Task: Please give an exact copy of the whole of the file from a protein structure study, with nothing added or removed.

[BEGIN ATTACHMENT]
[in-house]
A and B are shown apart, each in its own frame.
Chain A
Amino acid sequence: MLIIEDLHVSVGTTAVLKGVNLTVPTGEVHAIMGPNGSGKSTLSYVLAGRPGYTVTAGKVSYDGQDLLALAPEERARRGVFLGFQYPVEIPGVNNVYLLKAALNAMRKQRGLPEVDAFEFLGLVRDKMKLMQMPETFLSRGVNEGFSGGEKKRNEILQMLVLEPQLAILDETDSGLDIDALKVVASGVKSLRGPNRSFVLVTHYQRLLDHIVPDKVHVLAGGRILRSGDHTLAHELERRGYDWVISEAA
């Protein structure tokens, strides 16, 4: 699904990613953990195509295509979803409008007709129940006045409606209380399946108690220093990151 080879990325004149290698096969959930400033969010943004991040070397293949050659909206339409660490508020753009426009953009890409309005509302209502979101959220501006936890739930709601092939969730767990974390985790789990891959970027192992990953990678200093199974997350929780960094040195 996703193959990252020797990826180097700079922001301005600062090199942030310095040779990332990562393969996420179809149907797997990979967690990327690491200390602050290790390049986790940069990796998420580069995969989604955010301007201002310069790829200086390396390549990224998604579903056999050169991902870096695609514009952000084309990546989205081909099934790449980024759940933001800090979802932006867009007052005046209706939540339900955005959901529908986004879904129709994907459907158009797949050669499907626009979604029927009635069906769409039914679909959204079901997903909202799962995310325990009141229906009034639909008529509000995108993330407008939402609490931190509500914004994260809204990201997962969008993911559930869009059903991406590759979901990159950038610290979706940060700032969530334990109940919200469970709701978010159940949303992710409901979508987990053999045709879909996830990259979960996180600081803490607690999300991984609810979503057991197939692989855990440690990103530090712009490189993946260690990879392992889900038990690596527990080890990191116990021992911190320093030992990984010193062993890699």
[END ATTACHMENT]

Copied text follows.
[in-house]
A and B are shown apart, each in its own frame.
Chain A
Amino acid sequence: MLIIEDLHVSVGTTAVLKGVNLTVPTGEVHAIMGPNGSGKSTLSYVLAGRPGYTVTAGKVSYDGQDLLALAPEERARRGVFLGFQYPVEIPGVNNVYLLKAALNAMRKQRGLPEVDAFEFLGLVRDKMKLMQMPETFLSRGVNEGFSGGEKKRNEILQMLVLEPQLAILDETDSGLDIDALKVVASGVKSLRGPNRSFVLVTHYQRLLDHIVPDKVHVLAGGRILRSGDHTLAHELERRGYDWVISEAA
């Protein structure tokens, strides 16, 4: 699904990613953990195509295509979803409008007709129940006045409606209380399946108690220093990151 080879990325004149290698096969959930400033969010943004991040070397293949050659909206339409660490508020753009426009953009890409309005509302209502979101959220501006936890739930709601092939969730767990974390985790789990891959970027192992990953990678200093199974997350929780960094040195 996703193959990252020797990826180097700079922001301005600062090199942030310095040779990332990562393969996420179809149907797997990979967690990327690491200390602050290790390049986790940069990796998420580069995969989604955010301007201002310069790829200086390396390549990224998604579903056999050169991902870096695609514009952000084309990546989205081909099934790449980024759940933001800090979802932006867009007052005046209706939540339900955005959901529908986004879904129709994907459907158009797949050669499907626009979604029927009635069906769409039914679909959204079901997903909202799962995310325990009141229906009034639909008529509000995108993330407008939402609490931190509500914004994260809204990201997962969008993911559930869009059903991406590759979901990159950038610290979706940060700032969530334990109940919200469970709701978010159940949303992710409901979508987990053999045709879909996830990259979960996180600081803490607690999300991984609810979503057991197939692989855990440690990103530090712009490189993946260690990879392992889900038990690596527990080890990191116990021992911190320093030992990984010193062993890699």